December 2019

Country snapshot: India

  • By Ryan Leaver, Marketing and Editorial Assistant, AusIMM

With more than 1500 mines in operation and only 20 per cent of the country’s reserves mined, India has the potential to become an even bigger player in the resources industry

The seventh largest country in the world by land mass, and second largest in Asia (behind only China), India has an evergrowing population already well beyond one billion people. This figure accounts for roughly one-sixth of the world’s total population and is again second only to China (1.43 billion).

India’s population is expected to grow even more and is projected to overtake China’s within the next five years.

One of India’s most notable landmarks is the world-famous Taj Mahal, one of the Seven Wonders of the World. The Taj Mahal was built in the 17th century by Mughal Emperor Shah in honour of his favourite wife after her passing in 1631.

Mining in India

Within the nation’s large population sits many successful industries, including the mining industry, which provides over 700 000 job opportunities. India is home to 1531 operating mines and produces 95 different minerals; the nation is a world-leading producer in iron ore, bauxite, coal, chromium and other minerals. Overall, the mining industry is very diverse in India.

The 95 minerals that India produces can be broken down into the following categories: four fuel-related minerals, 10 metallic minerals, 23 non-metallic minerals, three atomic minerals and 55 minor minerals (including building and other minerals).

India is the world’s second largest producer of crude steel, third largest producer of coal, and fourth largest producer of iron ore. The crude steel produced in India in 2018 sat at more than 106 million tonnes.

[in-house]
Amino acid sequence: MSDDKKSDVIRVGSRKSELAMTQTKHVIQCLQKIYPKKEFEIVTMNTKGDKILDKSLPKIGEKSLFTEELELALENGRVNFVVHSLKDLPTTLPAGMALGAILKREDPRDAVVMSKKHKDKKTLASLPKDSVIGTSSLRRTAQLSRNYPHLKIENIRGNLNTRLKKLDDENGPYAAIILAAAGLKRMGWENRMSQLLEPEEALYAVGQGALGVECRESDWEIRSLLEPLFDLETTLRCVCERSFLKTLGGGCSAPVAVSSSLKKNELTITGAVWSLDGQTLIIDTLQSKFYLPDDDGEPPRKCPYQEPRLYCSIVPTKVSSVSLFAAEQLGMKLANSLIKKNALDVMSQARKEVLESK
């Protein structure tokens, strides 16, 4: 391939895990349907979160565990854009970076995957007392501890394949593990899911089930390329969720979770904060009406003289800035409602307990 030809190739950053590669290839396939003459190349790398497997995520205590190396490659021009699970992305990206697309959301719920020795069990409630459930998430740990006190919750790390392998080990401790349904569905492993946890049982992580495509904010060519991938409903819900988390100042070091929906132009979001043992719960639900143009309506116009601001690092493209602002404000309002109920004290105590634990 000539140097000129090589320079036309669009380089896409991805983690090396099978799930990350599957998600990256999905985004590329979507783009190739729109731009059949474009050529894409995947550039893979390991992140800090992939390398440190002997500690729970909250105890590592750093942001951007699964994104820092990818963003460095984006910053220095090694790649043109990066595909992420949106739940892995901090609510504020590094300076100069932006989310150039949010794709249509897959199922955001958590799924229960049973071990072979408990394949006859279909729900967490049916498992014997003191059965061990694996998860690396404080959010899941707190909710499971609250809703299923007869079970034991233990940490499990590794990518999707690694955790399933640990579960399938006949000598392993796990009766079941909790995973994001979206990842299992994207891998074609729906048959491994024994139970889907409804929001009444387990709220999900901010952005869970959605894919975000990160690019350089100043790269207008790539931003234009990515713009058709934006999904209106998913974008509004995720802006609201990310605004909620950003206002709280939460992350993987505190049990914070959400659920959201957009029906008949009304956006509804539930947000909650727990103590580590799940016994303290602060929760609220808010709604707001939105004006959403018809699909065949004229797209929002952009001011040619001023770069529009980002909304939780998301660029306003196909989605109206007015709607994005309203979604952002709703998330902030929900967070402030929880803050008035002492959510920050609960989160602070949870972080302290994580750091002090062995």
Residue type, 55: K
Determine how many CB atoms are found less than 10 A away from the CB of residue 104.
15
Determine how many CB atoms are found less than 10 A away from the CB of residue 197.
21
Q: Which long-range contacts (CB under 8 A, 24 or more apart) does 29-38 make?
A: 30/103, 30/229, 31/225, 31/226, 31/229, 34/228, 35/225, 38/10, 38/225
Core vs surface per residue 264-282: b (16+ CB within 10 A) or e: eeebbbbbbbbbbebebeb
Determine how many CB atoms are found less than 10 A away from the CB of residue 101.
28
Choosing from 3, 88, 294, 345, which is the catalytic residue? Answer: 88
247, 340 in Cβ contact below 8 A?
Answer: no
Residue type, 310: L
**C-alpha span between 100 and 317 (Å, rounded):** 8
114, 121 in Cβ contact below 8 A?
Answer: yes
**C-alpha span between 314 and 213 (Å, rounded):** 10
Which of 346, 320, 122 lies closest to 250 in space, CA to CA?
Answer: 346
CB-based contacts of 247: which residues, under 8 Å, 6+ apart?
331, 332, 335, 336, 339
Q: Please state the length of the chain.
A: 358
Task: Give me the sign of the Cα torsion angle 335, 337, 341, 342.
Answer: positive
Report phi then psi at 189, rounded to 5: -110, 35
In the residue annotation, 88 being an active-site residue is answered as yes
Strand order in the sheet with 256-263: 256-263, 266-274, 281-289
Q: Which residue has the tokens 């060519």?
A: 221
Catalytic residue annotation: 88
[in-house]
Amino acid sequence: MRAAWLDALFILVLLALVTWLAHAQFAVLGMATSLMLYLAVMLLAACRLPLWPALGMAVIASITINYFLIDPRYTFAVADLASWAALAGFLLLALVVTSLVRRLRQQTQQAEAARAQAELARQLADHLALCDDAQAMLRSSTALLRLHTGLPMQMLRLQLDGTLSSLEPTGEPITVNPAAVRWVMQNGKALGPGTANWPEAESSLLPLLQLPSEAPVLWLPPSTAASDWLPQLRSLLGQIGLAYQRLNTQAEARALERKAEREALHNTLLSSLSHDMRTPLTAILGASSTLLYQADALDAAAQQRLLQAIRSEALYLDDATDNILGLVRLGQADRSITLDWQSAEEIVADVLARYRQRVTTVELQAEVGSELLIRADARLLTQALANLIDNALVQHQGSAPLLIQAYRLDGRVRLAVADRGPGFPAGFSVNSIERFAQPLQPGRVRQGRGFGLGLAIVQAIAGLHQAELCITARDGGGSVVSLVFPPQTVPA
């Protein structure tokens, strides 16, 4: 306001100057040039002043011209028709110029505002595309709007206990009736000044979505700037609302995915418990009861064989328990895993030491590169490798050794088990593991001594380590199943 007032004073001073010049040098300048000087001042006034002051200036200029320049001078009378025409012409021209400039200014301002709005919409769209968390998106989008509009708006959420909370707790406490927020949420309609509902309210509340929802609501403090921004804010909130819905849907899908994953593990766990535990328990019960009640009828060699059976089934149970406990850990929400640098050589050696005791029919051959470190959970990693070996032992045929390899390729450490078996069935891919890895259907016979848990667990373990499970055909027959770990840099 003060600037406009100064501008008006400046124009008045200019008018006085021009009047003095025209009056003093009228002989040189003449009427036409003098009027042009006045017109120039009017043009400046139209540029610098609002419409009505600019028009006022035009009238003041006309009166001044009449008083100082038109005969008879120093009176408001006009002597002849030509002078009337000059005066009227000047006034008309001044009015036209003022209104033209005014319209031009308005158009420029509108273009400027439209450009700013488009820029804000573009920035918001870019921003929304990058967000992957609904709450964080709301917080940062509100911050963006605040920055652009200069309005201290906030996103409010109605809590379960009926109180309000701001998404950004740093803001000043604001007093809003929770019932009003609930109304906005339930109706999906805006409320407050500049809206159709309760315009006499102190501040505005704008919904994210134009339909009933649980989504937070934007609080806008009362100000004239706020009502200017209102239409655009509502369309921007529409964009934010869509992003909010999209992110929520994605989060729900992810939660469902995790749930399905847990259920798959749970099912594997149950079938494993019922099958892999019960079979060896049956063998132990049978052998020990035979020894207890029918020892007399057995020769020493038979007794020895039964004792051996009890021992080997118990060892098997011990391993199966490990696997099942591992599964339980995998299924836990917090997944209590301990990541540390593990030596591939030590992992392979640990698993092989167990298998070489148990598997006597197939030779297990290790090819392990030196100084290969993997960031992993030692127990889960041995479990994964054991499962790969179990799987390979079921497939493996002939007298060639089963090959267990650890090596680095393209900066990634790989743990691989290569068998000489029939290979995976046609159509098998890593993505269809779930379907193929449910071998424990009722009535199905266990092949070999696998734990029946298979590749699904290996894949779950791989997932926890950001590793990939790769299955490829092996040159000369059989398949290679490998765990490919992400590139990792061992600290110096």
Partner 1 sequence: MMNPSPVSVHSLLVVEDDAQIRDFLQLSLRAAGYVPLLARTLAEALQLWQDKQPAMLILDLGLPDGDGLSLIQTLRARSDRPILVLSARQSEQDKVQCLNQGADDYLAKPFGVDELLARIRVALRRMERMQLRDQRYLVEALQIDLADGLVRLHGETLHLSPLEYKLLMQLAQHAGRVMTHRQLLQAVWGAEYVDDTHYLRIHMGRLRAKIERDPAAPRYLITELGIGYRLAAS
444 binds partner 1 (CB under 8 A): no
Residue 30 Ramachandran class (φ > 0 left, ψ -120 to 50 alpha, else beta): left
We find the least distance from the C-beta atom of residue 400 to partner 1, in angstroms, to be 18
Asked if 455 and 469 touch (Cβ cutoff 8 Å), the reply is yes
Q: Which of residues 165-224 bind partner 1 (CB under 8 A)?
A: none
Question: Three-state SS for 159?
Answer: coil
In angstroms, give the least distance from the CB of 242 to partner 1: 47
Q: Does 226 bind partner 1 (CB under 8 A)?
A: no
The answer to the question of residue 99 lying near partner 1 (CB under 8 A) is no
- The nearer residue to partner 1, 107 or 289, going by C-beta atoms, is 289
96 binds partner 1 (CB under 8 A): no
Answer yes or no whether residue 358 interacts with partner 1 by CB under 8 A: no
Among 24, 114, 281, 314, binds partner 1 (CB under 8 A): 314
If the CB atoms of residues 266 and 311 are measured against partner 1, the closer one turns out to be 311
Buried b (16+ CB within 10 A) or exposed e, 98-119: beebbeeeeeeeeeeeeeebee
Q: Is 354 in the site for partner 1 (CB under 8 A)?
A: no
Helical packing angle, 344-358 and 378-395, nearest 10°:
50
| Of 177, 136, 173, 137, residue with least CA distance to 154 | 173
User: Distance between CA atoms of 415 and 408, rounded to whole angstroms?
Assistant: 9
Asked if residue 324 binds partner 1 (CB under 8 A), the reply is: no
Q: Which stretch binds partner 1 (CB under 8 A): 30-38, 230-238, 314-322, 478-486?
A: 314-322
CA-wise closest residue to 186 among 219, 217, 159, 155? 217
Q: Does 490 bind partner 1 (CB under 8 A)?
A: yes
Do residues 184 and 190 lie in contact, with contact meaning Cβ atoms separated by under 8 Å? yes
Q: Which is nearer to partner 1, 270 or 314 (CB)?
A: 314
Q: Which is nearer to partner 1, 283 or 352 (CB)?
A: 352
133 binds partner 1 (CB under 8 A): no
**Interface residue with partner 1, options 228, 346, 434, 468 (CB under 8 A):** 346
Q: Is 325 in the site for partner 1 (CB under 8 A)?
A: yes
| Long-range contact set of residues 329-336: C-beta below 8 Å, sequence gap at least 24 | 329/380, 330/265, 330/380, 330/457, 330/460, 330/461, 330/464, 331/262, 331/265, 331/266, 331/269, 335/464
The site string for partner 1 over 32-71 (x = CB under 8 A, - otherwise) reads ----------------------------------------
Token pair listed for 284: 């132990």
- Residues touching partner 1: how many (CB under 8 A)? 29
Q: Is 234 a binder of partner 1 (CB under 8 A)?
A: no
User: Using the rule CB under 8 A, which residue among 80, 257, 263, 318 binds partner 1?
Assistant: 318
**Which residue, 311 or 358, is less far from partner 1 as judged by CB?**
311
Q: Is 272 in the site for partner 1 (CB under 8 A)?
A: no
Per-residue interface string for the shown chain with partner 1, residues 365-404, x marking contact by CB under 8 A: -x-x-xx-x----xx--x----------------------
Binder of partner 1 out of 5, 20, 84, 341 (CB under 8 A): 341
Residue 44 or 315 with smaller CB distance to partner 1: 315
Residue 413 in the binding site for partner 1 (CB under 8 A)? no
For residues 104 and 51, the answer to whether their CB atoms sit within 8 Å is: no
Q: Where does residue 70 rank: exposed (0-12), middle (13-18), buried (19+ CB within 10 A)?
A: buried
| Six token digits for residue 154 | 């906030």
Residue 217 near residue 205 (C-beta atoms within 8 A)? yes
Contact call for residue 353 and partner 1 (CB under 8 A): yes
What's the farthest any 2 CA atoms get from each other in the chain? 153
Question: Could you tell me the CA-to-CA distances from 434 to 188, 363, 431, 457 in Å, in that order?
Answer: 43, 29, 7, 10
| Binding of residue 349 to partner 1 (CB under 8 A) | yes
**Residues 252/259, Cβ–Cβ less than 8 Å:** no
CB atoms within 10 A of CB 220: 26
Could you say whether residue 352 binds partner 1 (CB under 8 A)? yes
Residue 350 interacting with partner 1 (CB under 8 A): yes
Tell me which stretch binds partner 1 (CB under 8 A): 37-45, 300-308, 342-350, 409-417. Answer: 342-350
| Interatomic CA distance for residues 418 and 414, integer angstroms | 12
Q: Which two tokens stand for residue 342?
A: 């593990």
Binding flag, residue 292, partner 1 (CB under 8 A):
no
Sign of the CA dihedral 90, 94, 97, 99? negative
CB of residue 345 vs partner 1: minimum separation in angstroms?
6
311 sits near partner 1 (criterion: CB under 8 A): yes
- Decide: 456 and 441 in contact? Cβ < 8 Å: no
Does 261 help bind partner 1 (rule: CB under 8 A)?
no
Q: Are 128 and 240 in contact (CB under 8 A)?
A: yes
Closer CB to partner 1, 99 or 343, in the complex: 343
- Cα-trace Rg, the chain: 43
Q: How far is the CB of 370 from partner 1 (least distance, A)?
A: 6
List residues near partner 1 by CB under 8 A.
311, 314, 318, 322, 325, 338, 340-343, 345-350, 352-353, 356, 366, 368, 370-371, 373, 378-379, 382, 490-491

Mining’s contribution to India’s total GDP has gradually decreased over time, dropping from 1.93 per cent of the GDP in 2012-13 to 1.53 per cent in 2017-18. This is due to the fast-growing nature of other industries, such as services and agriculture.

Furthermore, compared to other mature mining nations such as Australia and Canada, India’s exploration spend is low. India accounts for only two per cent of the world’s global exploration spend, while Canada and Australia account for 14 and 13 per cent respectively.

‘India is home to 1531 operating mines and produces 95 different minerals; the nation is a world leading producer in iron ore, bauxite, coal, chromium and other minerals.’

Trade and finances

Currently standing at US$2.726 trillion, India’s GDP has increased every year since the Global Financial Crisis, having dropped from US$1.217 trillion to US$1.199 trillion in 2008.

2017 saw India export US$292 billion worth of goods, which was far outweighed by the import number of US$417 billion. This resulted in a negative trade balance of UD$125 billion, a significantly different number to the positive trade balance of US$340 million that the country experienced in 1995.

India’s trade partners stretch all across the globe, with goods being both imported from and exported to many different countries. India’s top export destination is the US, whilst the country they import the most goods from is China.

India is currently Australia’s fourth top trading partner, and through mining and METS there are continual opportunities for both countries to benefit. In the METS sector particularly Australia has the opportunity to supply India with underground mining equipment, simulation and training (including virtual reality), safety equipment and much more.


A proud country going through continual growth, India is already one of the largest influencers not only in the resources industry, but also in the global economy.

Image: Yuri Taranik/


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